I am writing in reference to "Watered-Down Love" (September/October), in which author John Brandon criticized Relient K, accusing them (and others) of writing songs for fame and fortune. Straining at gnats and swallowing camels, are we? You are accusing others of false motives when you are unable to see what's in their hearts. You have neglected the greater matters--justice, mercy and faithfulness. You owe Relient K and others an apology. If you really are so sure you can discern the secrets of other men's hearts, then at least admit you are not really a follower of Christ and join the Psychic Network.
After reading "Watered-Down Love," I just wanted to say that John Brandon hit the nail on the head with everything he said. One problem I am seeing with some artists is that they don't know if they want to live for God or go with the crowd. I was a gang member from the age of 7 to 11, was saved at the age of 12 and have been serving God for 12 years. I believe that the church needs to wake up and understand that these people need to be reached by someone.
Archie Davis Jr.
I think I have read most everything written in English about and by Smith Wigglesworth--which includes his reprinted sermons and several biographies. Much of this effort was to compile three books on Wigglesworth and to assist other researchers. I have not come across the funeral-home story mentioned in Rod Parsley's article ("The Amazing Faith of Smith Wigglesworth"), featured in the July/August issue of Ministries Today, in any of Wigglesworth's sermons--and he used many illustrations. If Rod Parsley believes the story is true, and he wishes to continue using it, he should give us documentation. Because this was such a dramatic miracle, it would be a simple task to obtain the name and address of the funeral home, the date and the man's name who was raised from the dead. Parsley's readers deserve nothing less than this documentation.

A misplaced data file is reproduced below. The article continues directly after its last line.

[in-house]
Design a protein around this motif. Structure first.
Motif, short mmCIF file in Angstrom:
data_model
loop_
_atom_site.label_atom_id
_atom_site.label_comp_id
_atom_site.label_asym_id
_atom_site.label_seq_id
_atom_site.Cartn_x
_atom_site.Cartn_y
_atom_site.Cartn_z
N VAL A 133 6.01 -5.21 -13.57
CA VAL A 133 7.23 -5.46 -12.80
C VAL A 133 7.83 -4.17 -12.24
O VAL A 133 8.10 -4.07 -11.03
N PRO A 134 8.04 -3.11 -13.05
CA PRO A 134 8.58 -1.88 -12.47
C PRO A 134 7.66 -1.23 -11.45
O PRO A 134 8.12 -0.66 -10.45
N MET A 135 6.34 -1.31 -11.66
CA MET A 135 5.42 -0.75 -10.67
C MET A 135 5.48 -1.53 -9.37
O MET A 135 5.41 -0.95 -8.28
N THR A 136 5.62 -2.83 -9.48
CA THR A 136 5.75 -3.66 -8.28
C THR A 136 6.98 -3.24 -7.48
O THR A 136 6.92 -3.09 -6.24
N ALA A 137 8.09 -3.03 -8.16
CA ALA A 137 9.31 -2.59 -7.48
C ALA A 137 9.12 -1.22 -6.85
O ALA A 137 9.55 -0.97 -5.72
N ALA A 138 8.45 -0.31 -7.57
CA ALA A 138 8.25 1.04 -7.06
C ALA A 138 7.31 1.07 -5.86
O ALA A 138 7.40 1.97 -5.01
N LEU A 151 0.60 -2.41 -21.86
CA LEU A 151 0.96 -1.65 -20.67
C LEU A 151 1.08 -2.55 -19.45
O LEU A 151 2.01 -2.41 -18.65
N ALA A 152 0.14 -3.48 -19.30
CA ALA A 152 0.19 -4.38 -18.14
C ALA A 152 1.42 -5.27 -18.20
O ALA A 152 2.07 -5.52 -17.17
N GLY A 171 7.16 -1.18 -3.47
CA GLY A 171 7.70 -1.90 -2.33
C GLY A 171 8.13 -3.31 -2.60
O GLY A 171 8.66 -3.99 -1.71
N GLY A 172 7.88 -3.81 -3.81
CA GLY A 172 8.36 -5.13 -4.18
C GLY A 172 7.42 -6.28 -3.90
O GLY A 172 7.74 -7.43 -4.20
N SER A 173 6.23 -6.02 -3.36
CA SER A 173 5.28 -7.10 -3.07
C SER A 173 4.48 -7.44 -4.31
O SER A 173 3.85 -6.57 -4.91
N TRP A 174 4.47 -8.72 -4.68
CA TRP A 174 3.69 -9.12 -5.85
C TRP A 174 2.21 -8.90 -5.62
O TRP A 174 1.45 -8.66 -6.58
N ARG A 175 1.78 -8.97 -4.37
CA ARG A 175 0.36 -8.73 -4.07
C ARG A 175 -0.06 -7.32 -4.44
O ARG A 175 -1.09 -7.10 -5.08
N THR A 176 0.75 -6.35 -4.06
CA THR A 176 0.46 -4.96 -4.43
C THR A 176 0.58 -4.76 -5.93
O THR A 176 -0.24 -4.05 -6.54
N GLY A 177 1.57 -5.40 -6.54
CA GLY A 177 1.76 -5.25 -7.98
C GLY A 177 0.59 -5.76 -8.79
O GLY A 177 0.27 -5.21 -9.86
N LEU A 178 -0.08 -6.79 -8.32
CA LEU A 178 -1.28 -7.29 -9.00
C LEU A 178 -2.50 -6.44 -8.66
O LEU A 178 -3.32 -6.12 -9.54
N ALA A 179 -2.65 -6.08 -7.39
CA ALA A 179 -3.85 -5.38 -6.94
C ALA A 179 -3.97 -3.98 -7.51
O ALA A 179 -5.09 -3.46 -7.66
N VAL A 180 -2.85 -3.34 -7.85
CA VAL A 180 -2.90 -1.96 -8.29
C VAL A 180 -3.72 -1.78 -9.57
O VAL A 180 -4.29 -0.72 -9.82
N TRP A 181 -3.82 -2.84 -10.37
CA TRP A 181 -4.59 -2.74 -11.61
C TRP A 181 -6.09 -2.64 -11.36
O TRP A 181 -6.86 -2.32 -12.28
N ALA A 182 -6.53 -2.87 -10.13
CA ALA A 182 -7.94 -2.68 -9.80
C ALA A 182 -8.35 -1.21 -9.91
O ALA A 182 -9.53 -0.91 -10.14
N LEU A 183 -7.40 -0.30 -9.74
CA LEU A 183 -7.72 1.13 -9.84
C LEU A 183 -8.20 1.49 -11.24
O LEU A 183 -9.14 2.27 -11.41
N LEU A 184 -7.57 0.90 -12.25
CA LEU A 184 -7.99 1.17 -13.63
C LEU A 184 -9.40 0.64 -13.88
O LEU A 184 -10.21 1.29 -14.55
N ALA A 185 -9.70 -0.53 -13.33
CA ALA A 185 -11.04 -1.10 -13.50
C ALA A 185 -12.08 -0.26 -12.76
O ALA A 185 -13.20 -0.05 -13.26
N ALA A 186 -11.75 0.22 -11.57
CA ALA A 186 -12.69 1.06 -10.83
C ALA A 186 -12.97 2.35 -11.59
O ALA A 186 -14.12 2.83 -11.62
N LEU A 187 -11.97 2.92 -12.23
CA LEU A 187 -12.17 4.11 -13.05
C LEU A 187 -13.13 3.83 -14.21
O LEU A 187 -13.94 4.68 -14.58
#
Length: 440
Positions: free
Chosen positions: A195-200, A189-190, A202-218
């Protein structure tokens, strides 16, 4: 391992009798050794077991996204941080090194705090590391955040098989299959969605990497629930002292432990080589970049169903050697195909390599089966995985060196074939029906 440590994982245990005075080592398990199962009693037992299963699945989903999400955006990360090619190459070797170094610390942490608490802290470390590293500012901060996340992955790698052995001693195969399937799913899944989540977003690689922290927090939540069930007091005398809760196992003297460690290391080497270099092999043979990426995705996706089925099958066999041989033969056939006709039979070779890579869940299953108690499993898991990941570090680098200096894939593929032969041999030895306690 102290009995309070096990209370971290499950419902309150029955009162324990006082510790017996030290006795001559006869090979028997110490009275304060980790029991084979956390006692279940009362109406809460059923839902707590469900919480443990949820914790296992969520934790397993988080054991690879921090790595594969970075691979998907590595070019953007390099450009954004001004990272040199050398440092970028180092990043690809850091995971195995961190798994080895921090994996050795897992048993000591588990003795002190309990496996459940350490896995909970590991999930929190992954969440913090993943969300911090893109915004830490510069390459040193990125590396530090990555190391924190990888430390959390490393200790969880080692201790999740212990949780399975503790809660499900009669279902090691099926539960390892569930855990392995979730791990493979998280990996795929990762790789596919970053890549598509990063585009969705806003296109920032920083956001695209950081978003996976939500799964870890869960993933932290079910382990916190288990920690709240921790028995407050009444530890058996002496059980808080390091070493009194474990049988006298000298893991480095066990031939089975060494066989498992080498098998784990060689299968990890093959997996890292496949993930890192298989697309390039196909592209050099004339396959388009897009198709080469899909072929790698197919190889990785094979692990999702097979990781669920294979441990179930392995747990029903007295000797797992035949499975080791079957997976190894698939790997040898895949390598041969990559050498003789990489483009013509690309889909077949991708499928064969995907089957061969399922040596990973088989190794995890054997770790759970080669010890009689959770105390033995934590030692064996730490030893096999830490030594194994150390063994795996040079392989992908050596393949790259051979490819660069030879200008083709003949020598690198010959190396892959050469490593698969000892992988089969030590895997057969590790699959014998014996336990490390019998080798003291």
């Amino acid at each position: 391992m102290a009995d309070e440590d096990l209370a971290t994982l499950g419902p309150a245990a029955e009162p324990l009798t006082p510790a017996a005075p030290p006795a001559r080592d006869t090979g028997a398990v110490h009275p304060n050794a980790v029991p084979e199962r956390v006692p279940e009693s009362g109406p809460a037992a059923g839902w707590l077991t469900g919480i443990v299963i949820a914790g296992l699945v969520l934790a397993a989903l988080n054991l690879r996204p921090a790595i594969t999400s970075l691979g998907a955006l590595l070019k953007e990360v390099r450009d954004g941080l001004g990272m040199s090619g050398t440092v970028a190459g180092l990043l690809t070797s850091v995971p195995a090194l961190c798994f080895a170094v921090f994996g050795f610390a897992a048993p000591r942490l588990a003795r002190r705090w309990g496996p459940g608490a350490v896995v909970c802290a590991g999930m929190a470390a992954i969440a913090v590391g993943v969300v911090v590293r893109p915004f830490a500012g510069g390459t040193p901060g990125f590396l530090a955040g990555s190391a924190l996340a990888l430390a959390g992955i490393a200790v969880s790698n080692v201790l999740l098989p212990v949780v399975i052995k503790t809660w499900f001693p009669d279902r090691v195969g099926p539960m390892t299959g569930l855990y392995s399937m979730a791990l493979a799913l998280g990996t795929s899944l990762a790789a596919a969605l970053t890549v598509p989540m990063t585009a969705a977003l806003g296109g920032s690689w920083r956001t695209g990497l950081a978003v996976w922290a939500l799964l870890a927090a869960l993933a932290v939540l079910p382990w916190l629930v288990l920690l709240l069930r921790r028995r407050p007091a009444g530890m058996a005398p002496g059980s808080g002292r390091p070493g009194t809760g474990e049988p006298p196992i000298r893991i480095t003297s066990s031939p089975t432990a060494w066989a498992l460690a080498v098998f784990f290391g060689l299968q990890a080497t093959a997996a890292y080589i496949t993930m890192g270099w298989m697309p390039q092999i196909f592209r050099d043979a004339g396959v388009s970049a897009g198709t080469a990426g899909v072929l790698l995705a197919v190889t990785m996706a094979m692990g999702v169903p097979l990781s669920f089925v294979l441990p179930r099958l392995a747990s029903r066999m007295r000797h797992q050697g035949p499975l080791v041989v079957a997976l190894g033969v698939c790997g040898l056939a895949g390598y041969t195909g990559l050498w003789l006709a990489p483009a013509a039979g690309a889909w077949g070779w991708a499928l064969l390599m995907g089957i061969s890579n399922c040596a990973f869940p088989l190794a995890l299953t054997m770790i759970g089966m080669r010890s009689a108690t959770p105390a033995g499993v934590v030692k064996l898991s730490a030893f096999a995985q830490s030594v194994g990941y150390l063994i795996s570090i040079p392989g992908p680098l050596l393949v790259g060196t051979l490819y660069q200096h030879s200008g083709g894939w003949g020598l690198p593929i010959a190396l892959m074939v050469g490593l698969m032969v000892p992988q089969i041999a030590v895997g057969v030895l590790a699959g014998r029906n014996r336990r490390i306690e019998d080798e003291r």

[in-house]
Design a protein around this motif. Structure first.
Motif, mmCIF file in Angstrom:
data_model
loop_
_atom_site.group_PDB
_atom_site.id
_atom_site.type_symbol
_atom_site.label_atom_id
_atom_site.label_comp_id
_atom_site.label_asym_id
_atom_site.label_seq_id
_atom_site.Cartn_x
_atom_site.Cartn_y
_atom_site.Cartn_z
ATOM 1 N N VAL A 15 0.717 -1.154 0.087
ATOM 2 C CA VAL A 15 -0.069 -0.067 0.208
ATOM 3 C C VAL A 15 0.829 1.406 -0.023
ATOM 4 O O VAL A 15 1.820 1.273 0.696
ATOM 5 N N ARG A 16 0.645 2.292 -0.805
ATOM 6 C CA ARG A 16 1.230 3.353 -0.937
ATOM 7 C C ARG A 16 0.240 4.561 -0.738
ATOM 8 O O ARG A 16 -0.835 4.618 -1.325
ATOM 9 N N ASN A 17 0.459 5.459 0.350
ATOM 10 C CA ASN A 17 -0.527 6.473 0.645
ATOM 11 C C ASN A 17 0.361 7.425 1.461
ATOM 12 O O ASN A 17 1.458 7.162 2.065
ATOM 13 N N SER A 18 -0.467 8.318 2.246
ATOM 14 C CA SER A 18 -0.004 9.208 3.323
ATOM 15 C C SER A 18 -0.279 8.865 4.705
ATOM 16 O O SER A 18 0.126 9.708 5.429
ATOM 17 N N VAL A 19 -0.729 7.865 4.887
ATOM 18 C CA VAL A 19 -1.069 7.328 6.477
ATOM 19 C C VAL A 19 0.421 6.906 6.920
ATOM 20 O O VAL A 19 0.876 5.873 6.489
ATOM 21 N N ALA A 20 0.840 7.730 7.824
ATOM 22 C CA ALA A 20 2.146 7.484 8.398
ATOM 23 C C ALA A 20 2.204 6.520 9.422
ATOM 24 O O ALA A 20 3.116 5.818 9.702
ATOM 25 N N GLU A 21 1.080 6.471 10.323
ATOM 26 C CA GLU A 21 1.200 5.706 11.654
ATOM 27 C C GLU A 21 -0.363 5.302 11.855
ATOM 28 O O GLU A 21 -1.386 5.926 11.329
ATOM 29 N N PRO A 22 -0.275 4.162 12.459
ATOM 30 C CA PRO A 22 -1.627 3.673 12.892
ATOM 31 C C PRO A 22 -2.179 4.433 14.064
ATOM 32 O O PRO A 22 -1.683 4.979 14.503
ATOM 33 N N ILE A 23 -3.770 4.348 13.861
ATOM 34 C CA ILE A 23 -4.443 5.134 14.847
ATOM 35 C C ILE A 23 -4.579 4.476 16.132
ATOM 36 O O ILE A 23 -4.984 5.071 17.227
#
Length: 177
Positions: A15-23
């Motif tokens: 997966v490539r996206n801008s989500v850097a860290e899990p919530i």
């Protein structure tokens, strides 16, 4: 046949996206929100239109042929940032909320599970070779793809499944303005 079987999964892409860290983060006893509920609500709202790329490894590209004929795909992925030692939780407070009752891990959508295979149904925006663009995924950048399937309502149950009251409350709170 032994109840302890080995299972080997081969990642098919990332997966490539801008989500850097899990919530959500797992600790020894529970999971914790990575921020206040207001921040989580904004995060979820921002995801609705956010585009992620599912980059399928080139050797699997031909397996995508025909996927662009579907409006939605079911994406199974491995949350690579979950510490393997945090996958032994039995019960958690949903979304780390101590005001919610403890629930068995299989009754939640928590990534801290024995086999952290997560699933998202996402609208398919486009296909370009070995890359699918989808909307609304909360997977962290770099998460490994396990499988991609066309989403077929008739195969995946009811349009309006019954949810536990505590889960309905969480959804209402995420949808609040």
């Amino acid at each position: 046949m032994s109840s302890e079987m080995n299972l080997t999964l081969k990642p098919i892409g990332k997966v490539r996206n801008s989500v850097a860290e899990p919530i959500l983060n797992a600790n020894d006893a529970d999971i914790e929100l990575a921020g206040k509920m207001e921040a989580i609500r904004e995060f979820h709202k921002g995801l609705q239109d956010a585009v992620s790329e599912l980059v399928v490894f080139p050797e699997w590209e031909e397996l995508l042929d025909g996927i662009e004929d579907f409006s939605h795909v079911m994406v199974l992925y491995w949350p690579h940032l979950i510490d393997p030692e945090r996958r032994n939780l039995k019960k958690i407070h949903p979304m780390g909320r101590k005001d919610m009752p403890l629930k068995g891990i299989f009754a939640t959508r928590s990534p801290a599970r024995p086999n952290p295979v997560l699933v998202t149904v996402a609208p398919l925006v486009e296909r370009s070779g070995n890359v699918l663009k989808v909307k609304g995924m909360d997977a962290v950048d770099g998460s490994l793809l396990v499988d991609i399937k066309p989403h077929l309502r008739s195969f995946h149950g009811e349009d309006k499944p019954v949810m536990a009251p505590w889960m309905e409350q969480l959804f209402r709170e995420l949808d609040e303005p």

Wayne Warner, Director
Flower Pentecostal Heritage Center Springfield, Missouri
Web Opinion: Ethics Crisis
We asked our readers online to comment on declining ministerial ethics. Here are some highlights from the discussion:
HouseChurchAdvocate: The pressure to maintain a false image has caused many ministers to become comfortable with lying. America is consumed with shallow, superficial beauty, ignoring the inner man and accentuating the outward. No longer content to be good shepherds of the flock God has given them, some ministers want to emulate the "star" ministers they see on television. They adopt the image, live the lie and then pride causes a fall.
Queen Lara: Does an average Christian understand the direct and indirect spiritual implication of sitting under the leadership of an unethical minister? These unethical leaders are not to be blamed as much as the flocks that sit under a hunter instead of a shepherd. Believers should take a stand against these unethical ministers, refusing to listen to their messages, buy their products or support their ministries, and demanding that they become transparent in regard to their finances, marital situations and all other areas of their lives.
RevGood: If leaders who fall are continually affirmed in the public eye, they will not repent. There may be a pseudo-apology to satisfy the faithful, but there won't be any real heart change. Don't invite him to your camp meeting. Don't ask him to preach at your revival. Don't bring him on your Christian TV network.